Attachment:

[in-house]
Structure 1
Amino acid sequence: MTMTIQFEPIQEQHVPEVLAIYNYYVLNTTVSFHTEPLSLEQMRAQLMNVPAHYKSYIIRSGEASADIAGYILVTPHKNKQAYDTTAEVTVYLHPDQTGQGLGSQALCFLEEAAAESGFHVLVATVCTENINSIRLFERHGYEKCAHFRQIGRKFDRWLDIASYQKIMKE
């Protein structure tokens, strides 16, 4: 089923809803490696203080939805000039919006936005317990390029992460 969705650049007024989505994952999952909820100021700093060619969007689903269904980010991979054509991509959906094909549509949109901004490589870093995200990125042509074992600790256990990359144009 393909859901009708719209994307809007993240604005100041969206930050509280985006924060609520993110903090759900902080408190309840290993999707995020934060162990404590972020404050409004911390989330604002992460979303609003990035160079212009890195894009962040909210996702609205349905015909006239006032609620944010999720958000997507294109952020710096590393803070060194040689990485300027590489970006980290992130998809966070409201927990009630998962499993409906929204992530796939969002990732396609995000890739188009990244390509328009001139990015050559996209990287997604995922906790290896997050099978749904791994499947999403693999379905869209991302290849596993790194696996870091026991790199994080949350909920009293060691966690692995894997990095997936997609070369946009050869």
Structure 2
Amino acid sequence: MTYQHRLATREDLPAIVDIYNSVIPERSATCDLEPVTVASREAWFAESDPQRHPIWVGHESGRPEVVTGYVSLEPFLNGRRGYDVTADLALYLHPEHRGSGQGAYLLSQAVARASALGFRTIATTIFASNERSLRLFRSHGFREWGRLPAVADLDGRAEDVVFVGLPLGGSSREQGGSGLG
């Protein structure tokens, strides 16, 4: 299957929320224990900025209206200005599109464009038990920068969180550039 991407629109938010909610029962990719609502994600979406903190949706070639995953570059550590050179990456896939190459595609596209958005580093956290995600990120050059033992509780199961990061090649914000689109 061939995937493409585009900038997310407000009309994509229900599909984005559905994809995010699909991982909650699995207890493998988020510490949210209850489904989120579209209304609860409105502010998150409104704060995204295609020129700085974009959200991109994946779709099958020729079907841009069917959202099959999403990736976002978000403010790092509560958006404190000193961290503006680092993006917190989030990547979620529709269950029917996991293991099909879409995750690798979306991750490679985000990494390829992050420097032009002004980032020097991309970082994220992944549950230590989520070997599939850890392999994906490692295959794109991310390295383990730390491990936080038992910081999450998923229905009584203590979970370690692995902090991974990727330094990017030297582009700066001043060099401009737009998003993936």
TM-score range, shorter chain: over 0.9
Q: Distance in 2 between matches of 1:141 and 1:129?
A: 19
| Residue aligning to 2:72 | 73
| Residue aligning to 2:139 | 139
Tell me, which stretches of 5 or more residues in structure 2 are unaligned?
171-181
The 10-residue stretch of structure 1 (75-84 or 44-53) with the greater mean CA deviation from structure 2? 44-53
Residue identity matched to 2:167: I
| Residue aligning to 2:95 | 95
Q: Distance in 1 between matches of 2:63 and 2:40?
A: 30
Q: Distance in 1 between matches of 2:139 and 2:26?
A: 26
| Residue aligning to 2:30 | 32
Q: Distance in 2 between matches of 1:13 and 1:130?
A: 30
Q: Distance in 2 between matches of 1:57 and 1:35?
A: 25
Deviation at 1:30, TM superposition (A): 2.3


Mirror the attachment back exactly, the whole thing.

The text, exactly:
[in-house]
Structure 1
Amino acid sequence: MTMTIQFEPIQEQHVPEVLAIYNYYVLNTTVSFHTEPLSLEQMRAQLMNVPAHYKSYIIRSGEASADIAGYILVTPHKNKQAYDTTAEVTVYLHPDQTGQGLGSQALCFLEEAAAESGFHVLVATVCTENINSIRLFERHGYEKCAHFRQIGRKFDRWLDIASYQKIMKE
């Protein structure tokens, strides 16, 4: 089923809803490696203080939805000039919006936005317990390029992460 969705650049007024989505994952999952909820100021700093060619969007689903269904980010991979054509991509959906094909549509949109901004490589870093995200990125042509074992600790256990990359144009 393909859901009708719209994307809007993240604005100041969206930050509280985006924060609520993110903090759900902080408190309840290993999707995020934060162990404590972020404050409004911390989330604002992460979303609003990035160079212009890195894009962040909210996702609205349905015909006239006032609620944010999720958000997507294109952020710096590393803070060194040689990485300027590489970006980290992130998809966070409201927990009630998962499993409906929204992530796939969002990732396609995000890739188009990244390509328009001139990015050559996209990287997604995922906790290896997050099978749904791994499947999403693999379905869209991302290849596993790194696996870091026991790199994080949350909920009293060691966690692995894997990095997936997609070369946009050869």
Structure 2
Amino acid sequence: MTYQHRLATREDLPAIVDIYNSVIPERSATCDLEPVTVASREAWFAESDPQRHPIWVGHESGRPEVVTGYVSLEPFLNGRRGYDVTADLALYLHPEHRGSGQGAYLLSQAVARASALGFRTIATTIFASNERSLRLFRSHGFREWGRLPAVADLDGRAEDVVFVGLPLGGSSREQGGSGLG
């Protein structure tokens, strides 16, 4: 299957929320224990900025209206200005599109464009038990920068969180550039 991407629109938010909610029962990719609502994600979406903190949706070639995953570059550590050179990456896939190459595609596209958005580093956290995600990120050059033992509780199961990061090649914000689109 061939995937493409585009900038997310407000009309994509229900599909984005559905994809995010699909991982909650699995207890493998988020510490949210209850489904989120579209209304609860409105502010998150409104704060995204295609020129700085974009959200991109994946779709099958020729079907841009069917959202099959999403990736976002978000403010790092509560958006404190000193961290503006680092993006917190989030990547979620529709269950029917996991293991099909879409995750690798979306991750490679985000990494390829992050420097032009002004980032020097991309970082994220992944549950230590989520070997599939850890392999994906490692295959794109991310390295383990730390491990936080038992910081999450998923229905009584203590979970370690692995902090991974990727330094990017030297582009700066001043060099401009737009998003993936």
TM-score range, shorter chain: over 0.9
Q: Distance in 2 between matches of 1:141 and 1:129?
A: 19
| Residue aligning to 2:72 | 73
| Residue aligning to 2:139 | 139
Tell me, which stretches of 5 or more residues in structure 2 are unaligned?
171-181
The 10-residue stretch of structure 1 (75-84 or 44-53) with the greater mean CA deviation from structure 2? 44-53
Residue identity matched to 2:167: I
| Residue aligning to 2:95 | 95
Q: Distance in 1 between matches of 2:63 and 2:40?
A: 30
Q: Distance in 1 between matches of 2:139 and 2:26?
A: 26
| Residue aligning to 2:30 | 32
Q: Distance in 2 between matches of 1:13 and 1:130?
A: 30
Q: Distance in 2 between matches of 1:57 and 1:35?
A: 25
Deviation at 1:30, TM superposition (A): 2.3